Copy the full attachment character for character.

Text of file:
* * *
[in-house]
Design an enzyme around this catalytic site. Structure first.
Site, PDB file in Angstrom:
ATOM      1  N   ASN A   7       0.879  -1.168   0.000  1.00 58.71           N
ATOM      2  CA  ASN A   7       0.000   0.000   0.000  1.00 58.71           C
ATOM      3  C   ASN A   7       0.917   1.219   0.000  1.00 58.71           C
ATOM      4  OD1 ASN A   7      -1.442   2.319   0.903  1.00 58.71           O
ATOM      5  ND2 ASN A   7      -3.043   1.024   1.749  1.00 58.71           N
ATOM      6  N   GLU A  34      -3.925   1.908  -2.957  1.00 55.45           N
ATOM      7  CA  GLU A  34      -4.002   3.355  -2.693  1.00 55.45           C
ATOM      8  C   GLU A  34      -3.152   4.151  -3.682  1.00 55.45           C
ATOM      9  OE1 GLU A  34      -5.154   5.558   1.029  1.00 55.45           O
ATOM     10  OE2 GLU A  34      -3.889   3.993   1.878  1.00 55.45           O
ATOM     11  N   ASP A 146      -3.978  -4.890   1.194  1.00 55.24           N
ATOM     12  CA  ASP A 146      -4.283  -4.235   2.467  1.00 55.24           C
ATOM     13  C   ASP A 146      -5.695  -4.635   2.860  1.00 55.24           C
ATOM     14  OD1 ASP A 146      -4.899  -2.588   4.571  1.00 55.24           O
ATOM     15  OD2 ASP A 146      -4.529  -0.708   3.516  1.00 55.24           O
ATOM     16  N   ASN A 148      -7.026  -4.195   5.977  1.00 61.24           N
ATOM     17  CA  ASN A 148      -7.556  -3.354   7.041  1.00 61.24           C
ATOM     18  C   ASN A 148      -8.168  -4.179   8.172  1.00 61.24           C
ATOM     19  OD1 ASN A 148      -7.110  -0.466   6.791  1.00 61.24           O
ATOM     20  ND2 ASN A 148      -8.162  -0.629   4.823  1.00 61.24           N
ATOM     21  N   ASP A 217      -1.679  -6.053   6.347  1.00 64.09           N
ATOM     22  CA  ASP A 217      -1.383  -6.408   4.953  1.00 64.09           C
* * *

[in-house]
Design an enzyme around this catalytic site. Structure first.
Site, PDB file in Angstrom:
ATOM      1  N   ASN A   7       0.879  -1.168   0.000  1.00 58.71           N
ATOM      2  CA  ASN A   7       0.000   0.000   0.000  1.00 58.71           C
ATOM      3  C   ASN A   7       0.917   1.219   0.000  1.00 58.71           C
ATOM      4  OD1 ASN A   7      -1.442   2.319   0.903  1.00 58.71           O
ATOM      5  ND2 ASN A   7      -3.043   1.024   1.749  1.00 58.71           N
ATOM      6  N   GLU A  34      -3.925   1.908  -2.957  1.00 55.45           N
ATOM      7  CA  GLU A  34      -4.002   3.355  -2.693  1.00 55.45           C
ATOM      8  C   GLU A  34      -3.152   4.151  -3.682  1.00 55.45           C
ATOM      9  OE1 GLU A  34      -5.154   5.558   1.029  1.00 55.45           O
ATOM     10  OE2 GLU A  34      -3.889   3.993   1.878  1.00 55.45           O
ATOM     11  N   ASP A 146      -3.978  -4.890   1.194  1.00 55.24           N
ATOM     12  CA  ASP A 146      -4.283  -4.235   2.467  1.00 55.24           C
ATOM     13  C   ASP A 146      -5.695  -4.635   2.860  1.00 55.24           C
ATOM     14  OD1 ASP A 146      -4.899  -2.588   4.571  1.00 55.24           O
ATOM     15  OD2 ASP A 146      -4.529  -0.708   3.516  1.00 55.24           O
ATOM     16  N   ASN A 148      -7.026  -4.195   5.977  1.00 61.24           N
ATOM     17  CA  ASN A 148      -7.556  -3.354   7.041  1.00 61.24           C
ATOM     18  C   ASN A 148      -8.168  -4.179   8.172  1.00 61.24           C
ATOM     19  OD1 ASN A 148      -7.110  -0.466   6.791  1.00 61.24           O
ATOM     20  ND2 ASN A 148      -8.162  -0.629   4.823  1.00 61.24           N
ATOM     21  N   ASP A 217      -1.679  -6.053   6.347  1.00 64.09           N
ATOM     22  CA  ASP A 217      -1.383  -6.408   4.953  1.00 64.09           C